By RICK HILL
I would like to thank Kathy Scarfo for her highly informative articles relating to the Harbour Authority of Salt Spring Island (HASSI) and for the work, planning and improvements that she, the harbour authority board of directors and its staff inherited, have maintained and constantly improved over the last five years.
No stranger to HASSI or docks myself, I was a board member for 10 years, finally serving as interim manager for three months. I fished commercially on the West Coast and visited virtually every small craft harbour at one time or another from Alaska to Oregon. Salt Spring’s facilities compare more than favourably with other similar-sized, federally funded, government small-craft docks and it would be a personal tragedy for everyone living on, or visiting, this island if control of these facilities was lost to us in any way.
Our harbour and the village of Ganges together — with the security, convenience and entertainment provided — is virtually unique on the coast, and perfectly located as a waypoint for boat people from the U.S., who generally have money to spend, use little water and don’t bring cars. It is part of our home and plays a large part in why and how people come to visit us.
Ms. Scarfo is wrong to say that the possibility of an attempt or interest in taking over the local facilities by the CRD is a recent occurrence — several references to this were made in early boardroom “skuttlebutt” sessions by various members concerning the inevitability of a CRD appetite for such a plum. Since last fall’s referendum, Salt Spring has become more vulnerable and its ability to fend off “hostile takeovers” by elements within the CRD — who just happen to be our de facto governors — has diminished.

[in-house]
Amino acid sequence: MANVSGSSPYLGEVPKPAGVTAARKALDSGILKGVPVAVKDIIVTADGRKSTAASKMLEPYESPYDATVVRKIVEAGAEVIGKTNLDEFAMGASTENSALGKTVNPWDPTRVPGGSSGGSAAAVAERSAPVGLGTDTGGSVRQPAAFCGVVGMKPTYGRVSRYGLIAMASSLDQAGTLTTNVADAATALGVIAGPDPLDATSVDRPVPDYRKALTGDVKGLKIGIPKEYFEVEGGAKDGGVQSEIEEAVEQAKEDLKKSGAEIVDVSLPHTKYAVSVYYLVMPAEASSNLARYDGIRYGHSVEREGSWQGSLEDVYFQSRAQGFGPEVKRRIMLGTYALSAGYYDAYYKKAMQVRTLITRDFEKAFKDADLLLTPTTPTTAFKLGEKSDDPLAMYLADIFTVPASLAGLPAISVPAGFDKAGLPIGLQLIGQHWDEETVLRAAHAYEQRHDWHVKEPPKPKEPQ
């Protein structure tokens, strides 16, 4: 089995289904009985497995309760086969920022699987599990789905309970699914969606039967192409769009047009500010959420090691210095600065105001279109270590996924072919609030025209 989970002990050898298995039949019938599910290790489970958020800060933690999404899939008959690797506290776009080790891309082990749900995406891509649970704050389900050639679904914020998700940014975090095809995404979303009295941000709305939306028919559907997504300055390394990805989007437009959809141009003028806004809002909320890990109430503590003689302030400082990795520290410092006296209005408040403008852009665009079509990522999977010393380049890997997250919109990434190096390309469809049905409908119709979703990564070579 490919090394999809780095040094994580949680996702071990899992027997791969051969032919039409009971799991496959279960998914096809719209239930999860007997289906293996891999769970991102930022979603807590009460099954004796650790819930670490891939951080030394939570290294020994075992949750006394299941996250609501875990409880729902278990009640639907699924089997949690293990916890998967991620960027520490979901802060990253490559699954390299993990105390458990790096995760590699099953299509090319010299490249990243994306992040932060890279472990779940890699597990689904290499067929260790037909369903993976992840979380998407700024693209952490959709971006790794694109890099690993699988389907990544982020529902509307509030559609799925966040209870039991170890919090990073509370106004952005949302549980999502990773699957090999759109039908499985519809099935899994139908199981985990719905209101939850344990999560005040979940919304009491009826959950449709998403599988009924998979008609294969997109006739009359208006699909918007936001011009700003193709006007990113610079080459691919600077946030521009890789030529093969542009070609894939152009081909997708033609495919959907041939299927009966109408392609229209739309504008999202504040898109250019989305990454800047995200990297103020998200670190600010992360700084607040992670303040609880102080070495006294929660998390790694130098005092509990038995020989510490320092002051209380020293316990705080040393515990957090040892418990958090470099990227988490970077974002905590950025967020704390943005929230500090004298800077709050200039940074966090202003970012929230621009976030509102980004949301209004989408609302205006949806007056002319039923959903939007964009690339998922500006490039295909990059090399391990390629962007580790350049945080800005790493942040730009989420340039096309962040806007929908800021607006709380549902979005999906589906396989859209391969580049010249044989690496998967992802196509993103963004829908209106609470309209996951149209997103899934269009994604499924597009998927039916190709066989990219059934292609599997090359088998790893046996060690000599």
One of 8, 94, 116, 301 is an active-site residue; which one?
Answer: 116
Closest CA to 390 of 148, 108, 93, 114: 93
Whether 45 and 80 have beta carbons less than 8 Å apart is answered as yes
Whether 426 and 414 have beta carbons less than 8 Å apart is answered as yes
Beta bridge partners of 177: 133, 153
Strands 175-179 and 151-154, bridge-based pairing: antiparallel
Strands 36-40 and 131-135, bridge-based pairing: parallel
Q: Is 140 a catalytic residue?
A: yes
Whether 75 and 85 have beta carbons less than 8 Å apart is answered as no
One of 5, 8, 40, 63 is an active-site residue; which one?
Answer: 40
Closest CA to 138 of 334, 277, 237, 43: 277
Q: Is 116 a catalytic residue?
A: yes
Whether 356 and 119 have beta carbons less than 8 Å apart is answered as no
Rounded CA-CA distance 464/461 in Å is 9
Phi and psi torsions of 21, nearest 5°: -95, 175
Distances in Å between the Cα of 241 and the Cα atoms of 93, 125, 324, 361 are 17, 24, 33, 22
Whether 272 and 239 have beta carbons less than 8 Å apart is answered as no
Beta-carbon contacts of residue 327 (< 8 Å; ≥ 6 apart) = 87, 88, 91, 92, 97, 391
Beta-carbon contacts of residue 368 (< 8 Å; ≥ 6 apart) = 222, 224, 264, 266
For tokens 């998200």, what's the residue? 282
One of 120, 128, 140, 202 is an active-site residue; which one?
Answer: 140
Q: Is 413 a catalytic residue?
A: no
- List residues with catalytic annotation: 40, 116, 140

Our harbour facilities actually belong to us, the people of Canada, under the protection and auspices of the federal government through the direction of Small Craft Harbours. Other than our individual federal taxes, we pay nothing extra for major maintenance/repair/development costs. Operational costs are met by operational income. When Fulford dock blew to pieces during my HASSI tenure, the feds drove in new modern concrete pilings and supplied upgraded walkways all without cost to us. Maintaining HASSI’s eight docks to the high standards supplied by the feds would be an impossibility for us and conversion to real estate values would inevitably prove impossible to resist.
The thought that we, living as we do on an island, might lose control over these facilities is deeply disturbing. At present we can go for a walk around the floats, buy fish or crab, have a chat with the locals, all without chainlink fences, padlocks or uniforms to contend with as are most other alternative operations.
To protect our shared interest I believe that we must support our local harbour authority and pursue and encourage the strongest relationship possible with Small Craft Harbours, a proven relationship for many years with results that have enabled both HASSI and us to flourish.
The writer has served on the HASSI board in the past and been a commercial fisherman.